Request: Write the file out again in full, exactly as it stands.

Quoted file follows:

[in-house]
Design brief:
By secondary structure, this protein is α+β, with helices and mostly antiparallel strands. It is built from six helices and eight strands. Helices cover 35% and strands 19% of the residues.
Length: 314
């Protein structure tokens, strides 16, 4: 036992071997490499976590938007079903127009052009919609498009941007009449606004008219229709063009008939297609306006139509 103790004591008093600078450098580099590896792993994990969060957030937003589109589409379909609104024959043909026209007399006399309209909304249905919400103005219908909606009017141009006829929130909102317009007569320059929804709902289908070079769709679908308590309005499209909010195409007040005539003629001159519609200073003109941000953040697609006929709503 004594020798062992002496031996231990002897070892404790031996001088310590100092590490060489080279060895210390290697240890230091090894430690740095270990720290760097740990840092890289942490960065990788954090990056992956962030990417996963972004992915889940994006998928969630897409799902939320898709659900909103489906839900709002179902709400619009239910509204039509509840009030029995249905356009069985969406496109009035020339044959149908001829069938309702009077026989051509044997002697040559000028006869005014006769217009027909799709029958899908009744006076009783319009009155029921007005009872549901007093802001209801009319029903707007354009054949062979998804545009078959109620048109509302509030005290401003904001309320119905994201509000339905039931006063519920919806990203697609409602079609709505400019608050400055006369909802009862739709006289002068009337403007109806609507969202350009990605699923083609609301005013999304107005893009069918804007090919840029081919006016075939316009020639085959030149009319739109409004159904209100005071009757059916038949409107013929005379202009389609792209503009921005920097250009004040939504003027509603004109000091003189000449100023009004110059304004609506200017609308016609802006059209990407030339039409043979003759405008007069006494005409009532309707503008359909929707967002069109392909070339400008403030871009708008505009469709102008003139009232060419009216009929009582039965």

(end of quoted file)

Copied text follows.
[in-house]
Design brief:
By secondary structure, this protein is α+β, with helices and mostly antiparallel strands. It is built from six helices and eight strands. Helices cover 35% and strands 19% of the residues.
Length: 314
């Protein structure tokens, strides 16, 4: 036992071997490499976590938007079903127009052009919609498009941007009449606004008219229709063009008939297609306006139509 103790004591008093600078450098580099590896792993994990969060957030937003589109589409379909609104024959043909026209007399006399309209909304249905919400103005219908909606009017141009006829929130909102317009007569320059929804709902289908070079769709679908308590309005499209909010195409007040005539003629001159519609200073003109941000953040697609006929709503 004594020798062992002496031996231990002897070892404790031996001088310590100092590490060489080279060895210390290697240890230091090894430690740095270990720290760097740990840092890289942490960065990788954090990056992956962030990417996963972004992915889940994006998928969630897409799902939320898709659900909103489906839900709002179902709400619009239910509204039509509840009030029995249905356009069985969406496109009035020339044959149908001829069938309702009077026989051509044997002697040559000028006869005014006769217009027909799709029958899908009744006076009783319009009155029921007005009872549901007093802001209801009319029903707007354009054949062979998804545009078959109620048109509302509030005290401003904001309320119905994201509000339905039931006063519920919806990203697609409602079609709505400019608050400055006369909802009862739709006289002068009337403007109806609507969202350009990605699923083609609301005013999304107005893009069918804007090919840029081919006016075939316009020639085959030149009319739109409004159904209100005071009757059916038949409107013929005379202009389609792209503009921005920097250009004040939504003027509603004109000091003189000449100023009004110059304004609506200017609308016609802006059209990407030339039409043979003759405008007069006494005409009532309707503008359909929707967002069109392909070339400008403030871009708008505009469709102008003139009232060419009216009929009582039965």